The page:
I have dreamed of building a classic knife rack, ever since our cheap rack fell on the floor and broke. I lucked into some driftwood a tugboat operator friend of mine plucked from the ocean off of Point Bonita. After a little research I discovered the wood is from a mouse hole tree (Myoporum laetum) a native of New Zealand, also an invasive species here in California. It is naturally covered with many small burls that are reminiscent of small coral heads. In New Zealand it's used occasionally for gun stocks. Originally I planned to have the driftwood on the top and bottom of the piece, but, it didn't look right so I added another piece of driftwood to cover the middle piece of walnut.
Step 1: Tools and Materials Required
CNC router (you could also build a jig and send the driftwood through a surface planer)
Soda blaster (a few hours of hand scraping will get a similar result)
Bar clamps and C clamps
Radial arm saw (or a wide cut chop saw)
Glue, I used plain old yellow glue
Driftwood, I used 3 pieces approximately 5" in diameter x 20" long
Center block 3"x4" x 20" dry lumber, I used walnut.
Back piece 1"x12" x 20" dry lumber, I used mahogany
Foot 2"x3" x 20" dry lumber, I used mahogany
Step 2: Prep the Driftwood
I was able to get a fairly flat cut with my table saw, without any special jig. After flattening one side I used my homebuilt blasting cabinet to soda blast (basically sandblast with baking soda) the driftwood. I spent some time fannying around with little carving tools to get the last little bits of bark off of the burls, that form all over this wood.
Pro Tip: If you need to de-bark your wood without loosing the natural edge, A high pressure (3500 PSI +) power washer with a narrow tip is the tool to use.
Step 3: 1st Glue Up
Glue the driftwood pieces to the middle 3"x4" piece, I used a chip brush to spread the glue. Clamp with bar clamps and let it set overnight. This wood is ultra hard so I could clamp directly to it without marring. For softer wood use small pieces of sacrificial wood between the clamp and the piece, or plastic tipped clamps.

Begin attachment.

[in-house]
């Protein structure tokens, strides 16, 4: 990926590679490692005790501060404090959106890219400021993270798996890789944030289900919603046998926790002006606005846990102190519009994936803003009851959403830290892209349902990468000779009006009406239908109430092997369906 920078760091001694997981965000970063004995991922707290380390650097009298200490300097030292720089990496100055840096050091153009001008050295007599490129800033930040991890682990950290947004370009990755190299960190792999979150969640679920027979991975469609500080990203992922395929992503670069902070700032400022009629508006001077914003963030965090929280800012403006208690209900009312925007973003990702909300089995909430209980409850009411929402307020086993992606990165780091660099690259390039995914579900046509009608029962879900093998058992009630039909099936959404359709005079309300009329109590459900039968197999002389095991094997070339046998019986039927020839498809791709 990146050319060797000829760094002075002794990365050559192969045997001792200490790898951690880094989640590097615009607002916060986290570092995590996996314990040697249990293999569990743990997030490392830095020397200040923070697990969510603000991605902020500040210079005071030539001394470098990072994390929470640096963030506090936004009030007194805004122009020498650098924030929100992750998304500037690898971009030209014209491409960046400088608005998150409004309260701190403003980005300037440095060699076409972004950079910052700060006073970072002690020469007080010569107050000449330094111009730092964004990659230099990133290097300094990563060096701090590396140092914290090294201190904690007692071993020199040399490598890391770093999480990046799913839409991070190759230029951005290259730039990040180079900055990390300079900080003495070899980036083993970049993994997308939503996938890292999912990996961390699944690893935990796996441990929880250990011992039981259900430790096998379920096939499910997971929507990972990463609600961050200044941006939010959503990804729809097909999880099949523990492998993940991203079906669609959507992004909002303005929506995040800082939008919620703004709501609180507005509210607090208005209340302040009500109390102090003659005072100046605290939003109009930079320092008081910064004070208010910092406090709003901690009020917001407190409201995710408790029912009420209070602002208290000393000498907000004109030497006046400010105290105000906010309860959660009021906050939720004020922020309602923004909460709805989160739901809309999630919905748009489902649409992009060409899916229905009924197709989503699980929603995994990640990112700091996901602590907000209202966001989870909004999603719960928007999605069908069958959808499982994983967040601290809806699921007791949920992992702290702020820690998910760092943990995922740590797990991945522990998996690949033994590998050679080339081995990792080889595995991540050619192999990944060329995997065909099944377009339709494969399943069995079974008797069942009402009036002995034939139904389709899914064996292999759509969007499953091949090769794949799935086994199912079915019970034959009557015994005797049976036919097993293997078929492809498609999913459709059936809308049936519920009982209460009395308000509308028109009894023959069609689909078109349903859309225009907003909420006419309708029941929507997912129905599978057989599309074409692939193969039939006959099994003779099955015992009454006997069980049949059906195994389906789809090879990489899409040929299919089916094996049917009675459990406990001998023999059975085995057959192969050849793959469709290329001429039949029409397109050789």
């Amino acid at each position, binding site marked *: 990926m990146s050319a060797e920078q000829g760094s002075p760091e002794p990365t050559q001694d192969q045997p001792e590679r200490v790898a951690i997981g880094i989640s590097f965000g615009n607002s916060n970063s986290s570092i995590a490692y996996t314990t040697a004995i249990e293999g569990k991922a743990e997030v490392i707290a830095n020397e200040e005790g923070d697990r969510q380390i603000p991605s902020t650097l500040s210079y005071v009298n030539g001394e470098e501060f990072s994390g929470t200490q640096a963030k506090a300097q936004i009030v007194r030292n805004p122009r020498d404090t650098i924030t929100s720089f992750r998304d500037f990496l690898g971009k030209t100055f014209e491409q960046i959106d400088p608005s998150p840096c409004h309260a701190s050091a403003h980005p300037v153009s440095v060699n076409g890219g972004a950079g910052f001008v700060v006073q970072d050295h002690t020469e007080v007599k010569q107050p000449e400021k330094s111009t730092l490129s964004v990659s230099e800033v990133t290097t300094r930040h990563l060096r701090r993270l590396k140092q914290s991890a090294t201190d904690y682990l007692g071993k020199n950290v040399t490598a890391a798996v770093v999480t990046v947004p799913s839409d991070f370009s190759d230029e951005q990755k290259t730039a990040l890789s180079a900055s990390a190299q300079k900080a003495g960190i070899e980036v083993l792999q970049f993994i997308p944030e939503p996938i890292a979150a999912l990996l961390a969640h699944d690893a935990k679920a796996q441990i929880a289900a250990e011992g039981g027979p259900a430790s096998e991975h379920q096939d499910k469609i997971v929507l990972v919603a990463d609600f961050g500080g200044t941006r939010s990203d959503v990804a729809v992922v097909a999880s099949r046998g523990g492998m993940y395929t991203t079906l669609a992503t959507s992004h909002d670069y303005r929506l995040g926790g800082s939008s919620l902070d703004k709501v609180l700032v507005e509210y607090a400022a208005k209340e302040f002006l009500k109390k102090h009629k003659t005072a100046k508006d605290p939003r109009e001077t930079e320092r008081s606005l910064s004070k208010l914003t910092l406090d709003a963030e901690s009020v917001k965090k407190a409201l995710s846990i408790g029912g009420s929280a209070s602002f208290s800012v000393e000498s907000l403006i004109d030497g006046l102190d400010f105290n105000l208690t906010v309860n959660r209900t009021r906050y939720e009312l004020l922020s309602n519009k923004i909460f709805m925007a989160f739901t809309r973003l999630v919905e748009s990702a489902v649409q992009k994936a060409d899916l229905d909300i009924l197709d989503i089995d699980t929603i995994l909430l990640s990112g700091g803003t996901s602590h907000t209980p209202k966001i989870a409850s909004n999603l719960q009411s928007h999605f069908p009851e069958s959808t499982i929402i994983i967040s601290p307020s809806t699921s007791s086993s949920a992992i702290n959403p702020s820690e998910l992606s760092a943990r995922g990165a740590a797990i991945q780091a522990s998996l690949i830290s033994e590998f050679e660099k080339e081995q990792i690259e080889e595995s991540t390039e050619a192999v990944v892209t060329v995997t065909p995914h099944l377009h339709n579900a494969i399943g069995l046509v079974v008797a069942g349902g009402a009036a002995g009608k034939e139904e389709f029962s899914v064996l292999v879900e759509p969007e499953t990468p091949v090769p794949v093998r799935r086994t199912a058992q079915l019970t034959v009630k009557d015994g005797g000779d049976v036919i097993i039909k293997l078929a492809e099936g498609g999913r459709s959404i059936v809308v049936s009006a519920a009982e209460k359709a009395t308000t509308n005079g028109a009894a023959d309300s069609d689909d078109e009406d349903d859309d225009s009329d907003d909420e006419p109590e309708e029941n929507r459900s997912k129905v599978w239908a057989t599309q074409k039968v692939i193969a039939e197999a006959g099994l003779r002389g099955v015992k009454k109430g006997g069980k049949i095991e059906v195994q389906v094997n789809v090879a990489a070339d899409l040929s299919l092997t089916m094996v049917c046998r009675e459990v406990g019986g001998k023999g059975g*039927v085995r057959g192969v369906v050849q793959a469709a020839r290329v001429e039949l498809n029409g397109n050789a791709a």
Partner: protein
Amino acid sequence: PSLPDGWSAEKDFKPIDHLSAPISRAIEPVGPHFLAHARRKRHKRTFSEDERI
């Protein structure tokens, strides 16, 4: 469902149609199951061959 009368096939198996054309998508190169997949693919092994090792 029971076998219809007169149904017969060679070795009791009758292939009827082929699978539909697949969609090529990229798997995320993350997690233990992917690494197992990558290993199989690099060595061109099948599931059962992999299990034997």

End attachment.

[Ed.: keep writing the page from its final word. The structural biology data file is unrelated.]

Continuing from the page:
Step 4: Flatten the Back Side of the Knife Rack
Once the glue was set I mounted the piece in my CNC router and flattened the back side. This was the outer limit for my machine height wise; I had to let one end hang over the edge of the table. Note that I couldn't even fit my dust collecting shoe on the spindle; sawdust flew all over the shop. I cut the ends off on my radial arm saw after machining. Make sure your clamping system is not in the path of the router bit. I used angle braces and wood shims to level and hold the piece.
Step 5: Cut the Knife Slots
After squaring up the ends. I ran the piece through the table saw with the blade set at a 2" height, every 1-1/4" giving a total of 15 knife slots, the width of the slot (kerf) is about 1/8".
Step 6: 2nd Glue Up
Glue the back on. Wait overnight for that to set and glue the foot on. The foot will add stability, to get the correct angle for mine I just stood the knife rack up against the blade of the table saw and adjusted the angle of blade until it aligned with the knife rack. After gluing the back and the foot, I glued another piece of driftwood on the middle section; because it looked wrong without it. Don't be afraid to change a design anytime during the build.
Step 7: Clear Finish
I mixed up some clear unwaxed shellac. Gave the piece 3 coats. Driftwood can be a great addition or base material for many projects.
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